To those who haven’t heard, Chief Rabbi of Israel (Sephardic) Amar has officially cancelled the first international agunot conference that was to be held in Jerusalem in a few days. For those who need a refresher, here is one source on agunot and here is another. Amar’s cronies seem to want to place the blame on ultra-Orthodox rabbi Yosef Shalom Elyashiv, a respected rabbi, but Elyashiv’s camp is denying the story.

It matters that somebody in the elite rabbinic circles pressed and successfully got Amar to cancel this conference, especially when it was so close to happening. Why would anybody seek to harm a process intended to help women who find themselves in limbo for so many years, often through no fault of their own? Why would someone seek to do this when it’s clear the women are desperate for help. Reading the Jerusalem Post’s account, it appears the agunah support groups even consented to have no females present at the conference – that’s right, they were agreeable to having no women take part in a conference about women. Still, this seems to matter little to the powers-that-be, the monopolistic powers of the Chief Rabbinate and other rabbinical groups who would be the only ones able to put forth solutions to resolve the issues affecting agunot.

Oh well, who cares anyway. What does it matter if a woman has to sit out her child-bearing years and remain unmarried while her ex-husband does as he pleases? After all, there are really important issues to tackle out there, like gay pride parades.

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  • Here’s a letter that’s being sent around to various Jerusallem shuls opposing the violence that is being encouraged to take place at the Gay Pride Parade next Friday. I’m not sure which congregations are signing, some of them just got it tonight, but I do know that Kehilat Yedidya is signing (I’m on the board and confirmed this with one of the co-chairs over Shabbat). I’m also not sure where it will appear, but I assume it will be in one or more Israeli newspaper.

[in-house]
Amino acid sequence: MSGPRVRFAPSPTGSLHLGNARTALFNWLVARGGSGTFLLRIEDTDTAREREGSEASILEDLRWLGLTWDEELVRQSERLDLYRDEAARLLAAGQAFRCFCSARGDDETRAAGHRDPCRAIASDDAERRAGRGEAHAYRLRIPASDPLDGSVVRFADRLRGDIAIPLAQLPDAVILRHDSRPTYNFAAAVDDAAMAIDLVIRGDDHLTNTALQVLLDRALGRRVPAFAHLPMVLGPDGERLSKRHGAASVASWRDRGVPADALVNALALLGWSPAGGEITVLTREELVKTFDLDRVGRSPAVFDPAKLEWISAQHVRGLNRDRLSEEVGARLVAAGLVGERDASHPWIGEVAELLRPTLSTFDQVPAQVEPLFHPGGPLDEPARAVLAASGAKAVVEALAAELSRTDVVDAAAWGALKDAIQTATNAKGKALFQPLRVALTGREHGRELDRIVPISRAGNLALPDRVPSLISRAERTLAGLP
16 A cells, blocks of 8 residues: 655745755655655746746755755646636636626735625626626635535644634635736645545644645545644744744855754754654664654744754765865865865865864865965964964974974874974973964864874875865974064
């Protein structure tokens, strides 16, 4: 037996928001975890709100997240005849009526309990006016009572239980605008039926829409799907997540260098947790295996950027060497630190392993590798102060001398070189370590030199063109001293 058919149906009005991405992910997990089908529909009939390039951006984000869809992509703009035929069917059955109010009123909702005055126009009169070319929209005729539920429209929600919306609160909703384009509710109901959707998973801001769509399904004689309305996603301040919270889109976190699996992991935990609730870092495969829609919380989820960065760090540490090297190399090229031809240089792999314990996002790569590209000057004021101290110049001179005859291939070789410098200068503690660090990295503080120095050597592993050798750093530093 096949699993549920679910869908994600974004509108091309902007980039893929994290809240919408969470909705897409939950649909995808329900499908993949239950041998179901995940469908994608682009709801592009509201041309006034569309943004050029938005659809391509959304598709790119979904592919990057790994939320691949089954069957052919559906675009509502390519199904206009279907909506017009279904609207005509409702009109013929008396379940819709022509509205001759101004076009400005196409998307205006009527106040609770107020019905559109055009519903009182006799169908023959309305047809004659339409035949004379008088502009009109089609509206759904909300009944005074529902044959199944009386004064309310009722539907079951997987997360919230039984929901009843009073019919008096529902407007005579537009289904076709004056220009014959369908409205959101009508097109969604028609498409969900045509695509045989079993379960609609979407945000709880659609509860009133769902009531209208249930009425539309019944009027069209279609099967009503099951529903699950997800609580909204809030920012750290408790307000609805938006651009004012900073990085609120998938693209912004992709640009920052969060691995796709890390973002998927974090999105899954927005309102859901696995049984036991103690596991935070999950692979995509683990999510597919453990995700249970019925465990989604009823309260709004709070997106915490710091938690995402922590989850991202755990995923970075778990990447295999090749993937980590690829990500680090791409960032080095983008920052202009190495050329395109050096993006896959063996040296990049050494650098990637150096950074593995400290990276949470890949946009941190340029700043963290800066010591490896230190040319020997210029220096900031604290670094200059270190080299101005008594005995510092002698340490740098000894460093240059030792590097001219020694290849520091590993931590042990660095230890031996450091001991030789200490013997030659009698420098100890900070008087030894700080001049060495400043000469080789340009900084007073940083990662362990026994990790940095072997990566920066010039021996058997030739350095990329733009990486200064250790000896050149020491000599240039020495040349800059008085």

I couldn’t find it online anyplace but at the below link. It’s only in Hebrew, but basically iit says that we condemn the calls for violence.

    http://www.hashkafah.com/index.php?showtopic=31674&st=0&#entry697533

  • Someone sent me an English translation of the Hebrew letter to which I posted a link above.

    “And they shall answer and say ‘Our hands have not shed this blood.’”

    We, members of religious communities in Jerusalem, wish to absolutely disassociate ourselves from words that have been heard in recent days with regard to the “Gay Pride” march that is supposed to take place next Friday in Jerusalem. These words have included incitement toward and understanding of violence, attempts to quash freedom of expression, and contempt for other people.

    As citizens of Jerusalem, and as people who see ourselves as an inseparable part of its religious community, we are unable to keep silent when we hear threats of serious violence, especially in light of the fact that similar threats were actualized at last year’s parade. We are conscious of the fact that the campaign of incitement against the march is being described as having the supported of all segments of the city’s religious community, and it is essential to make clear that many, many from this community are in fact disgusted by it. We particularly regret that some of the representatives of the religious educational system, in which our children study, have taken part in this incitement.

    This declaration does not constitute support for the march itself, or expression of any position at all regarding its appropriateness or correctness. Among us there are many divergent opinions on the subject, and we respect the right of all sides to express them. But along with this, the seriousness of the words which have been said in recent days obligates all leaders of the community to distance themselves from any hint of incitement or understanding for violence. This affair proves how short the distance is between stifling freedom of expression for those whose beliefs and opinions disagree with our own, and serious violence. The connection of extremist elements and lawbreakers with respected religious leaders, whose ways we usually agree with, nonetheless obligates them to open their eyes and return them to behaving like the “pure ones of Jerusalem.” Lip service will not be enough to prevent violence, and if the expected threats materialize (without protest), the more responsible members of the community will also not have clean hands.

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